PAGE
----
For two nights in Miami, candidates seeking the Democratic Party’s nomination for president tussled over the promise and feasibility of Medicare for All, the sweeping single-payer health care proposal made famous by Vermont Sen. Bernie Sanders.
Discussion of the proposal did not stop at the debate stage. As the candidates took the topic to the cable networks over the weekend, so too did the pundits.
In a June 30 roundtable on CNN’s "State of the Union," conservative commentator David Urban said Democrats will risk losing to President Donald Trump in 2020 if they continue driving each other to the left.
Democratic strategist Jess McIntosh, the editor of Shareblue Media and former vice president of communications for Emily’s List, pushed back.
"I just think we have this erroneous idea that some of these policies that are being perceived or portrayed in the media as super lefty are actually enjoying really widespread (support)," she said. "Fifty percent of Republicans are in favor of Medicare for All."
Urban dismissed McIntosh’s claim, cutting her off and telling her amid the crosstalk to "be very factual."
So, we checked the facts. As it turns out, Republican support for the type of Medicare for All bill that Sanders, Massachusetts Sen. Elizabeth Warren and others have put their names behind is not that high.
A greater share of Republicans have supported similar but more incremental approaches, which would add a government insurance option but would not eliminate all private coverage.
The term "Medicare for All" most often refers to Sanders’ plan to create a single, national health-insurance program covering everyone in the United States. Its name makes it sound like an expansion of Medicare, but aside from being administered by the government, it would bear little resemblance to the health plan for people older than 65.
The Sanders plan proposes broad coverage that would replace most forms of private insurance, along with both Medicaid and Medicare. The government would set payment rates for services, drugs and medical equipment, and individuals would face no costs in the form of premiums, deductibles, copays or coinsurance.
(For more on what Medicare for All is and is not, read our in-depth analysis of the proposal).
Other Democrats vying for the party’s nomination have made the case for so-called "public-option" plans, which would make government-run insurance available while keeping private insurance intact for those who want it. These plans are often referred to as "Medicare for America" or "Medicare for All who want it."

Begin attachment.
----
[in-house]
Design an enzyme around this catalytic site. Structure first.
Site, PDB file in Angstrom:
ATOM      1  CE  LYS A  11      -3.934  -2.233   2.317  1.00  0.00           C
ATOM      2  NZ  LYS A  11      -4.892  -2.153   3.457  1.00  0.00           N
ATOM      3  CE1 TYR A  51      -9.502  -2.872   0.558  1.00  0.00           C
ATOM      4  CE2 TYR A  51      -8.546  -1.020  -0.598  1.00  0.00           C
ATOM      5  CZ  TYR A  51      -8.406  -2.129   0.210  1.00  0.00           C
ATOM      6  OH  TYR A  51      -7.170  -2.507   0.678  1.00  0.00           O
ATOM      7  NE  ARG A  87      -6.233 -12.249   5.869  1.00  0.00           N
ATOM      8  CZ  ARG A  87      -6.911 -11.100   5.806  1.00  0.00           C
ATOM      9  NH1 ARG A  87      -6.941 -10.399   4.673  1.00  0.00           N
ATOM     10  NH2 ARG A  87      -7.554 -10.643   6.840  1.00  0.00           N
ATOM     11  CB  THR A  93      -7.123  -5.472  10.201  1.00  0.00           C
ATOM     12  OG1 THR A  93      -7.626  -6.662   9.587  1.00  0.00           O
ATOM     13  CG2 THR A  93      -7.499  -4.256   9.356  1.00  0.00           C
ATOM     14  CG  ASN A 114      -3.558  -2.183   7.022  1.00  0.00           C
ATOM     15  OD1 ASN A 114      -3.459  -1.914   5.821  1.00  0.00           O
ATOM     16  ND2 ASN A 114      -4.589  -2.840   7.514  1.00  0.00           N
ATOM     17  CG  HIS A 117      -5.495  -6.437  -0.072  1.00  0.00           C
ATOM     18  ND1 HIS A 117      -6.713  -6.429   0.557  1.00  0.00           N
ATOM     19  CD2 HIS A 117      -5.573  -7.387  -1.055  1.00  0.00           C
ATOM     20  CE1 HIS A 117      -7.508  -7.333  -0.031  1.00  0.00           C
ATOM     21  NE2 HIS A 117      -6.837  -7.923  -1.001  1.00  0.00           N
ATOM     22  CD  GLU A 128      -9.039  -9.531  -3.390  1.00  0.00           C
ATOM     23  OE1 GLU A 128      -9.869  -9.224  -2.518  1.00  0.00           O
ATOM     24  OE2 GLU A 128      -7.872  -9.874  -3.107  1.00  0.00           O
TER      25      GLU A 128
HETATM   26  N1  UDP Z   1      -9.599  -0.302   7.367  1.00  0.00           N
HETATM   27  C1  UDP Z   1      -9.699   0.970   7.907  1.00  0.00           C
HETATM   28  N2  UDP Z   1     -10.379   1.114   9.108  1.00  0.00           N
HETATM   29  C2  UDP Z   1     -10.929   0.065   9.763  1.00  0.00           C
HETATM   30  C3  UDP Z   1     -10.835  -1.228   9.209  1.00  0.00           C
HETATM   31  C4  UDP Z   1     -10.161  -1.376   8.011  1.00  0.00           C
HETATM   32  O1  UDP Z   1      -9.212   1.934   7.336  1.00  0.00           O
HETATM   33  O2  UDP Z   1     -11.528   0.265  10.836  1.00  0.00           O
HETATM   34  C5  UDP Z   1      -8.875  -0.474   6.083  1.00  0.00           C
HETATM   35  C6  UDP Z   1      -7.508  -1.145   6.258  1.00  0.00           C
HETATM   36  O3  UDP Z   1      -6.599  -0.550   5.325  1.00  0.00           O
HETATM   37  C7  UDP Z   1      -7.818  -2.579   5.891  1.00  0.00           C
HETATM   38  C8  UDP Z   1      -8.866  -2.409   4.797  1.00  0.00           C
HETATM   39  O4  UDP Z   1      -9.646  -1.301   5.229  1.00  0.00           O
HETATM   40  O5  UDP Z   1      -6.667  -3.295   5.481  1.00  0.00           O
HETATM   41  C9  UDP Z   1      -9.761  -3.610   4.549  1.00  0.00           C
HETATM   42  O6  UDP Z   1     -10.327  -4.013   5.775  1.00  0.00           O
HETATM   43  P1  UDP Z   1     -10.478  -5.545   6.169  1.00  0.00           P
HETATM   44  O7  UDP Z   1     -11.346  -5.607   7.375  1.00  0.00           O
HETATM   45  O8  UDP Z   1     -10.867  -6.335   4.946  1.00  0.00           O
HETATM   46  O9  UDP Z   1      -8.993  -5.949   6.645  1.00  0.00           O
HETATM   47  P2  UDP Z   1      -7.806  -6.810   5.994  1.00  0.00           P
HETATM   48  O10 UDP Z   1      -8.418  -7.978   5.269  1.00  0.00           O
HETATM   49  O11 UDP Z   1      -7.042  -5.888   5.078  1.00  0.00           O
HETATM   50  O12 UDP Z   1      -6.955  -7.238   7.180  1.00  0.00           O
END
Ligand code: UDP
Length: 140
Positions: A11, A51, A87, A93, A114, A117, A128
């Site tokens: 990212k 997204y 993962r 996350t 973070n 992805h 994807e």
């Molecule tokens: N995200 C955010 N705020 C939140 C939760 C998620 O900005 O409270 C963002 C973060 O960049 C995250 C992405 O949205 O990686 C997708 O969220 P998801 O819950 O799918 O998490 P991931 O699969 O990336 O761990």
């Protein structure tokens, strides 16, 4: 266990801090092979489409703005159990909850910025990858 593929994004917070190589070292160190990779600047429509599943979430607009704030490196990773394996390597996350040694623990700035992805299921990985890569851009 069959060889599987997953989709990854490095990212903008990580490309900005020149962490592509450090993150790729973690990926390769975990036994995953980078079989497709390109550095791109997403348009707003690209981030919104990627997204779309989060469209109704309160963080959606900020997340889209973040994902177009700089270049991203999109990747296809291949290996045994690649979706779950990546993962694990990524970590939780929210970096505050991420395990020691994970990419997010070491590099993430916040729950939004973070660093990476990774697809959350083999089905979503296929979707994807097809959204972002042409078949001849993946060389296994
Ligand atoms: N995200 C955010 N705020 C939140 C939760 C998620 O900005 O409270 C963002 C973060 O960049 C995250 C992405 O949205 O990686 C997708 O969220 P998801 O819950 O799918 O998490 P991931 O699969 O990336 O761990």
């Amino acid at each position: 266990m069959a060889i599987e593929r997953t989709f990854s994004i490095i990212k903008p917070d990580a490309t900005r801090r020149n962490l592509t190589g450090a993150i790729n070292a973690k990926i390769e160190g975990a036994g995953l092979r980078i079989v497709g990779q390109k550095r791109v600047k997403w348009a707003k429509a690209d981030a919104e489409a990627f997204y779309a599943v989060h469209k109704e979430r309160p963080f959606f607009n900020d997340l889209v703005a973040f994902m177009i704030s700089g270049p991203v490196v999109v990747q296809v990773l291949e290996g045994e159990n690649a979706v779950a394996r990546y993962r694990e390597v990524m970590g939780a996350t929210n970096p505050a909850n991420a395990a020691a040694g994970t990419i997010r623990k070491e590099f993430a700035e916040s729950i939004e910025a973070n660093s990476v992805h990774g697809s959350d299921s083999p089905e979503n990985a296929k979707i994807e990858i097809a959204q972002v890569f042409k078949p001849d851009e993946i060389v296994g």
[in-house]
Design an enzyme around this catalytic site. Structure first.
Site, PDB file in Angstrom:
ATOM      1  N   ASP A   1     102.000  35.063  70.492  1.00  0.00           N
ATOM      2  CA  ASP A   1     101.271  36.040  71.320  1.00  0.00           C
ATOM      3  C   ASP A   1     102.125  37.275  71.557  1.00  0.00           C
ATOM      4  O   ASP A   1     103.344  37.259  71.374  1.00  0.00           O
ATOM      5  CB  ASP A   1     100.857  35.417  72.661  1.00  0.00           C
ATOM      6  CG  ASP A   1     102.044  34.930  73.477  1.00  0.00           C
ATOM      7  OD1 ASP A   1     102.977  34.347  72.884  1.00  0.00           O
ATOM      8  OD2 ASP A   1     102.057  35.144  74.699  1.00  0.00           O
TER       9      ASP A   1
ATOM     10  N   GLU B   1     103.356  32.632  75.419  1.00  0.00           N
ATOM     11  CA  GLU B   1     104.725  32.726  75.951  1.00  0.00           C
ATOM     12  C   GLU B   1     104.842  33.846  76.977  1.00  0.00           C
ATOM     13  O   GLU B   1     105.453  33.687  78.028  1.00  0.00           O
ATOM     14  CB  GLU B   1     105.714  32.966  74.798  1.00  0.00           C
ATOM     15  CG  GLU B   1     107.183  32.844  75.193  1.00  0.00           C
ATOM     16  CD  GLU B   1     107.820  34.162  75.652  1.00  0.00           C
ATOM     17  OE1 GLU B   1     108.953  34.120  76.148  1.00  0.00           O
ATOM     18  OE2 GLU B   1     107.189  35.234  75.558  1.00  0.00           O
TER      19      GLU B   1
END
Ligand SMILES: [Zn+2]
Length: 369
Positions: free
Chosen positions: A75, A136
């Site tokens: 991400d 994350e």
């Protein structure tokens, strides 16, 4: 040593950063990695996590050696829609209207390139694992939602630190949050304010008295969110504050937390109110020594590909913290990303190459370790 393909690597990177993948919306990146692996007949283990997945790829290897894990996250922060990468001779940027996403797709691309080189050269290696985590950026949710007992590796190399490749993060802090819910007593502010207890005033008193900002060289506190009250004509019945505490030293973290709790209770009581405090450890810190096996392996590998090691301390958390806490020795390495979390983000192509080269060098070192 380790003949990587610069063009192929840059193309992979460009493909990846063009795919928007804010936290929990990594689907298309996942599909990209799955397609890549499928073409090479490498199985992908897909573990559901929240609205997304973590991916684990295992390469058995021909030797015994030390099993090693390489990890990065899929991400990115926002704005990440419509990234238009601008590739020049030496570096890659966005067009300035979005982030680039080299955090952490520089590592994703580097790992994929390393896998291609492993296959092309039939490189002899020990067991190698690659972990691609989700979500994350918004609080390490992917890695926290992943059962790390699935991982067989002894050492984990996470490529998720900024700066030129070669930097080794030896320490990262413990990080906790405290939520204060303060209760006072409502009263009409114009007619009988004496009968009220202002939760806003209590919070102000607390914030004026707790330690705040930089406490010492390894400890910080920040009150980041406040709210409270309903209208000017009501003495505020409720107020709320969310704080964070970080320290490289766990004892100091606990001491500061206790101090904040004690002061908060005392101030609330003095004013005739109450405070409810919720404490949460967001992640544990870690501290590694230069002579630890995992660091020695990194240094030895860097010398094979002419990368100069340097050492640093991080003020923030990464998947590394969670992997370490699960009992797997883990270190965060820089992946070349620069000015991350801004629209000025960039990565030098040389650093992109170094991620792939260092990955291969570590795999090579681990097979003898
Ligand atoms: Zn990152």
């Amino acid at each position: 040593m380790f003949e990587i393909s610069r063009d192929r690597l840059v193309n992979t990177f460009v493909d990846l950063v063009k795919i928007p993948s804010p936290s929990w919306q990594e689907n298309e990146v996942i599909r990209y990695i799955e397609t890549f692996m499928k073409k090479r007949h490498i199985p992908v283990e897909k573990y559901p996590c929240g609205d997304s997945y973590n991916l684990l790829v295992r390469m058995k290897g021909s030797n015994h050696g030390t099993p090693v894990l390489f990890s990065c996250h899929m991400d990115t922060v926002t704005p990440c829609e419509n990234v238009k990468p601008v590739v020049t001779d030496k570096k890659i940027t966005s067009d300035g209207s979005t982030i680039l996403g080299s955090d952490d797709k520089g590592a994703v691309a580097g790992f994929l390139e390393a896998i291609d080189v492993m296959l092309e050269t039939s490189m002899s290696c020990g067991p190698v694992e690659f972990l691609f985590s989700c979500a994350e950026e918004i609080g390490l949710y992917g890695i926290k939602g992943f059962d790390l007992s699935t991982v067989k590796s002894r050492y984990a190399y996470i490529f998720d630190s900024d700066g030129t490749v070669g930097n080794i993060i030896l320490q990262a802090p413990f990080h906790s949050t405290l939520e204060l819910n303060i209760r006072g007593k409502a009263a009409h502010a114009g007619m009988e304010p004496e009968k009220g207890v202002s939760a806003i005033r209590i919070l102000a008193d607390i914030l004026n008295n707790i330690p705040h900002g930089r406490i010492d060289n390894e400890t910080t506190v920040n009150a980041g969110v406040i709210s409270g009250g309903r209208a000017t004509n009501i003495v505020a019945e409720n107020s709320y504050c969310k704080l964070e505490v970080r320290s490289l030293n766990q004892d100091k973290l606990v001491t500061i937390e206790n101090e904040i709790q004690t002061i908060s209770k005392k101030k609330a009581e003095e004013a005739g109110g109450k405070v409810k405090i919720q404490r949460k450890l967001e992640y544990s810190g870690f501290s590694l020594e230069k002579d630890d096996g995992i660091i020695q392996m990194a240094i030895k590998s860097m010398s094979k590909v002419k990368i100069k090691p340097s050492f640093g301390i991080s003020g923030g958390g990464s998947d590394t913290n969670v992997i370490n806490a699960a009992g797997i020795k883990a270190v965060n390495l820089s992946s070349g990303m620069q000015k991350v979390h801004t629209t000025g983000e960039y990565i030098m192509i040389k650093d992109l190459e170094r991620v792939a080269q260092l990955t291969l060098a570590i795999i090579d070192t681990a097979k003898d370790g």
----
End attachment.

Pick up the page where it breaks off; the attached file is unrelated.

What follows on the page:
Some Democratic presidential hopefuls have also signaled support for these concepts as stepping stones to universal health coverage.
Medicare for All is a relatively new proposal, so Americans have not had much time to get familiar with it. Even still, several polls have sought to determine how the public feels.
McIntosh said her numbers came from the June tracking poll by the Kaiser Family Foundation, which has been tracking public opinion of the idea of a national health plan for years.
According to that poll, 47% of randomly sampled Republicans said they were in favor of "a national government administered health plan similar to Medicare that would be open to anyone, but would allow people to keep the coverage they have if they prefer."
That’s almost half of Republicans, but the plan described is closer to a public-option plan than the most commonly understood definition of Medicare for All, since both the Senate and House bills proposing Medicare for All would abolish virtually all private coverage.
When the same pollsters asked about "a national health plan, sometimes called Medicare-for-all, in which all Americans would get their insurance from a single government plan," only 23% of Republicans were in favor of it — a far cry from 50%.
McIntosh said she was not referring specifically to Sanders’ plan when she made her statement on CNN. She was talking instead about the Democratic field more generally — "most of whom favor some kind of option like the one Kaiser polled," she said.
But language matters. The phrase "Medicare for All" might call to mind different things for different people, but it ultimately refers to proposals, like Sanders’, that do not leave open the option for people to retain their private insurance.
Because the proposal’s terminology is so ambiguous, its meaning can get lost and certain polling questions can be misleading.
The same Kaiser poll also found that total support for Medicare for All dropped when pollsters said explicitly that the plan would get rid of private insurance.
Other polls, which asked slightly less exact questions, returned different results. A 2018 Reuters/Ipsos poll that asked nearly 3,000 adults if they would support or oppose "a policy of Medicare for All" found about 52% of Republicans in favor.
A 2018 poll from the Hill asked, "Would you support or oppose providing Medicare to every American?" And 52% percent of Republicans said they would strongly or somewhat support it.
Finally, a February CNN poll asked if "the government should provide a national health insurance program for all Americans, even if this would require higher taxes?" A total 54% of respondents said yes. But 54% also said such a program should not "completely replace private health insurance," compared to 40% who said it should.
McIntosh said "50% of Republicans are in favor of Medicare for All."
According to the Kaiser poll McIntosh cited as evidence, 47% of Republicans are in favor of creating a government health insurance option to compete with private insurance plans. But that’s not what Medicare for All would do.
When asked specifically about "a national health plan, sometimes called Medicare for All, in which all Americans would get their insurance from a single government plan," only 23% of Republicans said they supported it.
We rate this statement Mostly False.